A Willful Woman…

Thoughts about books from a romance addict.

Falling for Max by Shannon Stacey

on November 15, 2014

What tickled my fancy: Sweet beta hero.

What ticked me off: STAY IN YOUR OWN DAMN BOOK!

Who might like it: fans of beta heroes and/or matchmaker stories.

 

“I’m not hooking up with Max. I like him too much for that.”

“That makes no sense to me.”

“When it comes to fairy-tale romances, he’s Disney and I’m Grimm.”

This is the 267th 9th book in the Kowalski series, and there’s a heavy weight of history to it. I got a little bored five books back, to be honest, and having frequent reminiscences about every single previous character’s love life got so dull I was tempted to quit the book. I kept reading for Max.

I started out by armchair diagnosing Max with a mild case of RHA — Romance Hero’s Aspergers. (Not to be confused with Romance Hero’s Alcoholism.) It’s a spot on the autism spectrum where there are many common symptoms of Aspergers syndrome, yet oddly enough, none of the associated issues that might make a person seem less sexy.

As I read on though, I decided that Max is definitely within the realm of believable for someone on the spectrum. He’s blessed with a lot of self-awareness and has worked out many coping mechanisms, so problems like anxiety don’t get beyond his ability to deal with. It’s a thoughtful and appealing characterization. Max is generally accepting of himself, and a reasonably content guy: he’s got a job that makes use of his particular talents, and he’s found a social in by making his home the local gathering place to watch sports events. But he wants a wife and a family.

“I don’t have a preference as far as hair and eye color. Or height or weight.” He paused, and gave a little shrug. “I’m just looking for a woman who’ll love me enough to marry me and risk having little odd duck kids. That’s pretty much my list.”

I hate portrayals of unfeeling, robotic aspies with the fire of a thousand suns, so I appreciated Max’s warmth and kindness. He may not be very socially adept, but it’s not for lacking of trying, or lack of caring. And he’s got a good sense of humor!

Unlike many reviewers, I also like Tori. Her aversion to relationships because of her toxic parents is plausible to me, and I appreciated that she gets proactive about dealing with them, with a little nudging from a friend.  And it’s refreshing that some of the drawbacks of small town life are realistically depicted.

He really wished Whitford had a movie theater, though. Or a bowling alley or even a mini-golf course. Sitting across from a woman with nothing to do but hold a conversation was a lot of pressure.

A small town romance in which small town life isn’t perfect — now there’s a romance unicorn.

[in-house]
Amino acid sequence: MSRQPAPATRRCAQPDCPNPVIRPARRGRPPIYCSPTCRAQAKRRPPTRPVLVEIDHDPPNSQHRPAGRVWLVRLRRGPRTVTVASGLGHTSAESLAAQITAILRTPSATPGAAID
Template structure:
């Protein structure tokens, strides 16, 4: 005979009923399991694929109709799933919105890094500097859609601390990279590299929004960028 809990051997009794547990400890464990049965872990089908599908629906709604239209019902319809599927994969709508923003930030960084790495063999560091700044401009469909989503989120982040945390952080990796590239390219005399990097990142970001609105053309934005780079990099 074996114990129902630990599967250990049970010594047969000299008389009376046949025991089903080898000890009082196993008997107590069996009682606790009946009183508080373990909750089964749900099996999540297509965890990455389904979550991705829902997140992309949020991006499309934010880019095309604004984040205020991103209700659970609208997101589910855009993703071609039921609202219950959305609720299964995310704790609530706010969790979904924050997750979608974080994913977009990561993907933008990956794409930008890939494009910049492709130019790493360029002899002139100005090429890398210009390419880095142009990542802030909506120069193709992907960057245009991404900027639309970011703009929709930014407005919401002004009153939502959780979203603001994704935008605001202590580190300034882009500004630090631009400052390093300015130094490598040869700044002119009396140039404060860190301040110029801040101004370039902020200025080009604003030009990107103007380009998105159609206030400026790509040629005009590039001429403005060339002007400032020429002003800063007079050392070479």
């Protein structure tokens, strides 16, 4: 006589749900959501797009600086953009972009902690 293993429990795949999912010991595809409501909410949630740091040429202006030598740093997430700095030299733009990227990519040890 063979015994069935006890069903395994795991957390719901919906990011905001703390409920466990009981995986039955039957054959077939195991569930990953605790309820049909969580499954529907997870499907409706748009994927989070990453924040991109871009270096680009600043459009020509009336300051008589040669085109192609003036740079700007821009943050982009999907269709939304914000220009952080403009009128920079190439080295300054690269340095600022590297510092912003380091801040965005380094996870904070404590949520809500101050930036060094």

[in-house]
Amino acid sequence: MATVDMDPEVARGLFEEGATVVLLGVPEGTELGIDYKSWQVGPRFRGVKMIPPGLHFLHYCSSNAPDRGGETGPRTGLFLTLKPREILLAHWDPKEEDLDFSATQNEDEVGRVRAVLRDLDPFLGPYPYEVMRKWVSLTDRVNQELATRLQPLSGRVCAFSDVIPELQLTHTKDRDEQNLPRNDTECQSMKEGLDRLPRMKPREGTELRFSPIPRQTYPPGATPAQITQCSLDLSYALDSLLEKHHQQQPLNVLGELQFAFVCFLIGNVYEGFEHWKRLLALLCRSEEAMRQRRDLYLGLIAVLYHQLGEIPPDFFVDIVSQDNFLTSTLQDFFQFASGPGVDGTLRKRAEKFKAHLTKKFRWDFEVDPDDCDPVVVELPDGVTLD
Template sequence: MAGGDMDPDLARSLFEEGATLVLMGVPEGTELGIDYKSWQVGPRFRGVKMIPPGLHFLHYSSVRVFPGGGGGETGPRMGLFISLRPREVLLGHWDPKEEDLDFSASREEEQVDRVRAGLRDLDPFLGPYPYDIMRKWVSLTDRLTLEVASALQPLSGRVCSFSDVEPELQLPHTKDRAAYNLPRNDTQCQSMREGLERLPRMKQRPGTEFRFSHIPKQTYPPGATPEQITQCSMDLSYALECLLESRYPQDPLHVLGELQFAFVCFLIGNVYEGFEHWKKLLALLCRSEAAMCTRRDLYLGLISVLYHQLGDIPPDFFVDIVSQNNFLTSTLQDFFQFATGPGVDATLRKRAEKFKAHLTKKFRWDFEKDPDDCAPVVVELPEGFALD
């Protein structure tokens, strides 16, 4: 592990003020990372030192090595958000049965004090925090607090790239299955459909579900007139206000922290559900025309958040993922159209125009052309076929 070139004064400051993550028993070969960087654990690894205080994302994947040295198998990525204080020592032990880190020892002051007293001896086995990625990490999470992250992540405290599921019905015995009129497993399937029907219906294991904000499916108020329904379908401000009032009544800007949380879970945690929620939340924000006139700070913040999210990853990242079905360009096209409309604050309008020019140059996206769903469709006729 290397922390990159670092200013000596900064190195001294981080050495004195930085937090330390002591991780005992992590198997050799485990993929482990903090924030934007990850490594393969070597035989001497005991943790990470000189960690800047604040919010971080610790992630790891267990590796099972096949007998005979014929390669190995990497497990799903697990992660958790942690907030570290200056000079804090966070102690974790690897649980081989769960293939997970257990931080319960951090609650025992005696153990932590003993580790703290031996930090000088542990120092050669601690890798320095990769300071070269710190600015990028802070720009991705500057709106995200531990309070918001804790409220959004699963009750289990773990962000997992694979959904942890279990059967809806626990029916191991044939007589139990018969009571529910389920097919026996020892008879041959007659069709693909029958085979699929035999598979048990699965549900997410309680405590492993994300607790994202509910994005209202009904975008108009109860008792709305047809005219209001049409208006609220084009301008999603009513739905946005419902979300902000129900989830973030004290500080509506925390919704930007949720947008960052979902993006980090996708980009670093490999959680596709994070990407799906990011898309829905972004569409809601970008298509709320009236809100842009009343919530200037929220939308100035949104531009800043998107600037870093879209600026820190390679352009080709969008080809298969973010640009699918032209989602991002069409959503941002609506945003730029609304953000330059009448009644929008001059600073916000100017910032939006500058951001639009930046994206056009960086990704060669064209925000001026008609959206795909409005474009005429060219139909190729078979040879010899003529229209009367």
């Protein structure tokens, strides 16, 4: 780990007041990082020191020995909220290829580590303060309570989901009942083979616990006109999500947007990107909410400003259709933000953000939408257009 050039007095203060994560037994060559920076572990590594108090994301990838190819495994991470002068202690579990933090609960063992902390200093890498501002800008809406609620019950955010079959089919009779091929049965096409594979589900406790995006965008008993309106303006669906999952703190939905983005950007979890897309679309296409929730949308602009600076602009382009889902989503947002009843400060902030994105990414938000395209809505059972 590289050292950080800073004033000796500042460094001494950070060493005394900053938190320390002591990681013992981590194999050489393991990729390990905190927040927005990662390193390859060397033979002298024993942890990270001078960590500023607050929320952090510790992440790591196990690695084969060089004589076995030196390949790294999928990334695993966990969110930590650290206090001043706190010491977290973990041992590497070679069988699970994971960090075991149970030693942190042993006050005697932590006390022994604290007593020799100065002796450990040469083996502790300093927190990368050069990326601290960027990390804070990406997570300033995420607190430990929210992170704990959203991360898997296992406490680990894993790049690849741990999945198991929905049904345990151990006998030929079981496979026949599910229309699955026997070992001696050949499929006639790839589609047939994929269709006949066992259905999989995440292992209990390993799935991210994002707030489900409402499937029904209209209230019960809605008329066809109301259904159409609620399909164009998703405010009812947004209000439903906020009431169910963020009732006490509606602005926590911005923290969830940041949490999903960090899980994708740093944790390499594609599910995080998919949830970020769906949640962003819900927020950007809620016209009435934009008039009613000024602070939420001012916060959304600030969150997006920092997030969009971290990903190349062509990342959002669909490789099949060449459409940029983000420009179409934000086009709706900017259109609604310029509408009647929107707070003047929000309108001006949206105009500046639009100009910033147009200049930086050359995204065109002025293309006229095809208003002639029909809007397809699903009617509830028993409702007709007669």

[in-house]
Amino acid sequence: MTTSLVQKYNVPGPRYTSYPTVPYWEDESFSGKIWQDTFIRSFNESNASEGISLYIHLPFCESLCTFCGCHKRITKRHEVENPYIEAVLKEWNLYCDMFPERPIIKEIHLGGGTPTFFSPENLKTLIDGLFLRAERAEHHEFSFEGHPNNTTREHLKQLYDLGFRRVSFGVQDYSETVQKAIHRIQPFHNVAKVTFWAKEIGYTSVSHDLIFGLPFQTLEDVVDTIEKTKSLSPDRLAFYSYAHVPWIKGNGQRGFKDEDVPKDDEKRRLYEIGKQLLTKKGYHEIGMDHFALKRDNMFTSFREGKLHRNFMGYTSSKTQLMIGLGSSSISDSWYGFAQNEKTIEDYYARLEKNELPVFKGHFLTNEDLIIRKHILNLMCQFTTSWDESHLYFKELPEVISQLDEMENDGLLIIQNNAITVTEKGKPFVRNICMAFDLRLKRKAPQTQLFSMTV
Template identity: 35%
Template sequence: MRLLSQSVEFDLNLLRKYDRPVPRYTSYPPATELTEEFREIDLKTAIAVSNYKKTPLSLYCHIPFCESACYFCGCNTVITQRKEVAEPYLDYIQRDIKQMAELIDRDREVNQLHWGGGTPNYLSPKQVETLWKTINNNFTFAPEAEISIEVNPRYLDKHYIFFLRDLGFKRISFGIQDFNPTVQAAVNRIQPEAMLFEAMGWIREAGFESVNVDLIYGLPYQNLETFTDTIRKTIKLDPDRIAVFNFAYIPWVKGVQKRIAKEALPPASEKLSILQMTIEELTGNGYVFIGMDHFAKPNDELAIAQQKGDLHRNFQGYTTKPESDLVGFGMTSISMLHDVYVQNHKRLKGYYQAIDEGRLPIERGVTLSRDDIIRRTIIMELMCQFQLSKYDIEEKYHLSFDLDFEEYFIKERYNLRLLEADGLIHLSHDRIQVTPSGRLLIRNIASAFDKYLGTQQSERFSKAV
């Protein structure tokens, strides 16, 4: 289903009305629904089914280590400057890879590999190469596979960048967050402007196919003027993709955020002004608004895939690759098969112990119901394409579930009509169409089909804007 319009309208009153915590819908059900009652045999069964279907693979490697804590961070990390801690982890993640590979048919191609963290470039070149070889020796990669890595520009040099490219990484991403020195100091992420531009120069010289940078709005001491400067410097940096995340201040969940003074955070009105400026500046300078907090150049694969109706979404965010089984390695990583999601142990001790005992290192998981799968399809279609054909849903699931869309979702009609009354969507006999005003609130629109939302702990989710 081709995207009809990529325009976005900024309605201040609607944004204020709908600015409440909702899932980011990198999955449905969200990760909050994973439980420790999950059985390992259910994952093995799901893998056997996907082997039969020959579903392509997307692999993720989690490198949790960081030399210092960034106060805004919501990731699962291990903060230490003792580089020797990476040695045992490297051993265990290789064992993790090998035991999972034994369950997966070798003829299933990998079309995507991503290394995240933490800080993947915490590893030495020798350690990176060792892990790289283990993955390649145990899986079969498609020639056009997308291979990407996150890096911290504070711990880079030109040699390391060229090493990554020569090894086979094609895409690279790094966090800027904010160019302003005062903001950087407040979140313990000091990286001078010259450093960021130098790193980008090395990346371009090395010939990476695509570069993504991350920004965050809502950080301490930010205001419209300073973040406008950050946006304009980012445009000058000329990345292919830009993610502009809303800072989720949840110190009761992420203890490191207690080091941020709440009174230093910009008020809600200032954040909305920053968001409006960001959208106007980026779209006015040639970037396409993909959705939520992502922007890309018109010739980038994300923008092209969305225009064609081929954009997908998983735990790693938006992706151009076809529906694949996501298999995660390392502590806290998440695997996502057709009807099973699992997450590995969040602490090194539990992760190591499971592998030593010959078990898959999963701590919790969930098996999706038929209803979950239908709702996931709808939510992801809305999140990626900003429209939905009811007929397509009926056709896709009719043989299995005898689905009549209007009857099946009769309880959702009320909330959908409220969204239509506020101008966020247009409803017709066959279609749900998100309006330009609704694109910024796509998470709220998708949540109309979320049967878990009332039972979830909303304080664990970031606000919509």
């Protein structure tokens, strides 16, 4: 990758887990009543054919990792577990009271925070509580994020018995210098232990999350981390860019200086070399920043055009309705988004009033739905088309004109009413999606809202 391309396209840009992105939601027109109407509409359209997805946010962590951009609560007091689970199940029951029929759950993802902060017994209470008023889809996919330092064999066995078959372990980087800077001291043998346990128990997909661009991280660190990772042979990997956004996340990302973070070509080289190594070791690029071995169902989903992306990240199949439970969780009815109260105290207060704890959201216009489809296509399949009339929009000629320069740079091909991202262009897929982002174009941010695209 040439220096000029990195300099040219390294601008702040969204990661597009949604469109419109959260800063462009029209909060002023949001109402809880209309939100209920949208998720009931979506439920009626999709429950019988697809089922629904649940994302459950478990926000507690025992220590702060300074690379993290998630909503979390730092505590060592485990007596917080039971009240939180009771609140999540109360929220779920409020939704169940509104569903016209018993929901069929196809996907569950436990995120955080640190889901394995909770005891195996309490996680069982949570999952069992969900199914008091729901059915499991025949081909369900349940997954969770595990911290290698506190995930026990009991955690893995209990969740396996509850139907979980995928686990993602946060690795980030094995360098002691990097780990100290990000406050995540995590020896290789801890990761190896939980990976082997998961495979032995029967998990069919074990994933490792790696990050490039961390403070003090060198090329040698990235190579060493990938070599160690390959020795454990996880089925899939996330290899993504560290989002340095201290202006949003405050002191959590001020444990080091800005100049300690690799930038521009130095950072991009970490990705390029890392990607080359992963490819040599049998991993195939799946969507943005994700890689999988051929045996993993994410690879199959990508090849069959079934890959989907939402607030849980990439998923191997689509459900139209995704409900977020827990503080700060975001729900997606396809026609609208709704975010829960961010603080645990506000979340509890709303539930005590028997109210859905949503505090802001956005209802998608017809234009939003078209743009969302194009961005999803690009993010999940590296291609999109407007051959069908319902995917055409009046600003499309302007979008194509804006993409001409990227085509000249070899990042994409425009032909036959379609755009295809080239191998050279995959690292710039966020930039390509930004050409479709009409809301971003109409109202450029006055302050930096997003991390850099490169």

Final thoughts: There are way too many people in this book for someone like Max. But I fell for his romance anyway.

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12 responses to “Falling for Max by Shannon Stacey

  1. Miss Bates says:

    You known I’ve read a few of these and though I liked the central romance, the plethora of characters from other books really killed it for me. So thanks, I love vindication!

  2. kaetrin says:

    Nice to know that the portrayal of Max rings true. I did have to laugh at the strikethrough. 🙂 I recently listened to…book 6? 7? Anyway, I have the others (including this one) but I MUST READ IN ORDER and I’m still catching up.

  3. I liked Tori too. My husband and I are both children of divorce and both of us have had to deal with the legacy of that in one way or another. Of the two of us, his experience is the one that most closely mimics Tori’s. He even wrecked a perfectly good 2 year college relationship because of it. Thankfully by the time we met, he had sorted through most of it. Back when we watched Buffy, he surprised himself with how strongly he identified with the portrayal of Xander in “Hell’s Bells”.

    I think it is important to have characters like Tori, whose fears while maybe not clinical do affect their life choices in big and small ways.

    • willaful says:

      My parents divorced when I was so young, it had no particular effect on me, but I’ve known a number of traumatized people who were very set against marriage and/or children from an early age, and they never changed their minds. I’m glad your husband was able to sort it out. 🙂

  4. Kathy says:

    I enjoyed this review very much, and it sounds like a book I’d like to read despite never having read any of the 266 previous Kowalski books. 🙂 Max sounds like a character I could love. I’ve read a few books in which the main character has Asperger’s/autism. Have you read 600 Hours of Edward or Edward Adrift by Craig Lancaster? Neither is a romance, and though I liked both the first (‘600 Hours’) is my favorite of the two. Especially Edward’s file drawer collection of unsent letters he uses to work through some of his issues. The ones to his father are funny and poignant at the same time. I also really liked The Rosie Project by Graeme Simsion. I’d love to know what you thought of them. Off to buy Falling For Max.

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